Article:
What’s in a name? MAMMARY CARCINOMA
Recently a friend of mine, a superb mammographer, asked me about the diagnostic names we pathologists specifically call breast cancer. I asked him why he would ask such a question. And he went on to tell me one pathology group he works with only uses mammary carcinoma as a diagnosis. He asked if our group had shifted to that all-inclusive diagnosis. My answer was no.
There are many different forms of breast (or mammary) cancer and using an all-inclusive diagnosis doesn’t tell the treating physicians everything they need to know. The more information gleaned from the needle core biopsy, the more information the surgeon, medical and radiation oncologists have to personalize the treatment. So, we pathologists not only diagnose the specific type of breast cancer, but we also grade it based on the tumor’s ability to form duct like structures made up of the cancer cells, grade the nuclei (1 to 3) and evaluate the mitotic (cell divisions) activity. On the same sliver of breast tissue that we make the diagnosis, we also test for estrogen and progesterone receptors. In addition, for invasive tumors, we assess another important cell product, a growth-promoting protein called HER2 to determine whether it is amplified or non-amplified.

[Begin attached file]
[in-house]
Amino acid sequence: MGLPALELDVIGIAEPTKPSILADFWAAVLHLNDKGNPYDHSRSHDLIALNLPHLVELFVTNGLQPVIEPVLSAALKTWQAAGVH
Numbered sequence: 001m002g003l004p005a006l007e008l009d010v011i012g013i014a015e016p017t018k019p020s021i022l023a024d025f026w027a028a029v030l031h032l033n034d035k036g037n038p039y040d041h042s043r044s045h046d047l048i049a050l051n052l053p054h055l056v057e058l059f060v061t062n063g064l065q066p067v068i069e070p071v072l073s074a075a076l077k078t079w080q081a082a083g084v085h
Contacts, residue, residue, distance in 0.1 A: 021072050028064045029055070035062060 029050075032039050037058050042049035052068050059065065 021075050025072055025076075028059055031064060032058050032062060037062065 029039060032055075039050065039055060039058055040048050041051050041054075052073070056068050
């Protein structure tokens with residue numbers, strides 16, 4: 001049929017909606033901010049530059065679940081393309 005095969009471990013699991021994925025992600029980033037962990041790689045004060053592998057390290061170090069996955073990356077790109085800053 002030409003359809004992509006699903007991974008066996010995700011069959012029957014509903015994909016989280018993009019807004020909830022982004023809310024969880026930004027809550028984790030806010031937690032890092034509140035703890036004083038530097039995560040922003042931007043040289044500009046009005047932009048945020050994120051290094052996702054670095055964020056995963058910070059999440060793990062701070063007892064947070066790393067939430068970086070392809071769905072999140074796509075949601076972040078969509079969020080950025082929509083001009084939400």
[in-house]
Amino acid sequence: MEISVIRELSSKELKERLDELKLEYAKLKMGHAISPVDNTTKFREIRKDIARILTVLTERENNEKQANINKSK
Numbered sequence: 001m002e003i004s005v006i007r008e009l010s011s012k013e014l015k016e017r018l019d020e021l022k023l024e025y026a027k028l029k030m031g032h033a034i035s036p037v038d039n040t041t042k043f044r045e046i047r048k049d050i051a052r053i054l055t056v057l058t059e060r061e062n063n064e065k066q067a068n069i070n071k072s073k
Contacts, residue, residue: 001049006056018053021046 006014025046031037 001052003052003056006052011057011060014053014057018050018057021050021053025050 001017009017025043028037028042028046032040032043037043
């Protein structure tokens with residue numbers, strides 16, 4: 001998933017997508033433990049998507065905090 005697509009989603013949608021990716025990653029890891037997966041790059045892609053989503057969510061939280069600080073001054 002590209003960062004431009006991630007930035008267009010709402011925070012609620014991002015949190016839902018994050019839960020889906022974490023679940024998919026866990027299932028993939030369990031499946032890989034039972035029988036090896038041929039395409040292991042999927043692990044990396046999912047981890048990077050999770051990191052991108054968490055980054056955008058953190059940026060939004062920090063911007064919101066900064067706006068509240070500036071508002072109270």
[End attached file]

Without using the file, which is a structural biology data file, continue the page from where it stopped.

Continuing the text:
IDC = Invasive ductal carcinoma
ILC = Invasive lobular carcinoma
You will notice that the first three specific tumor types represent about 90% of invasive breast cancers. The percentages within the parentheses represent in the incidence of each specific breast type. The other sub-types occur far less often and some are rarely identified.
The important message is that by identifying each breast cancer as specifically as possible provides more information to the treating physicians. The behavior of these various breast cancer types can vary significantly from one type to another. The treating physicians want to know specifically which tumor is present in the breast mass.
If you are fortunate to be in a comprehensive breast center where a breast team works, the pathologists working in these centers know what the team expects from a malignant diagnosis: specific diagnostic name, histologic grade, ER and PR status, Her2neu status if the tumor is invasive.
To learn more about our pathologists who participate in several comprehensive breast centers, please visit North Houston Pathology Associates in this website.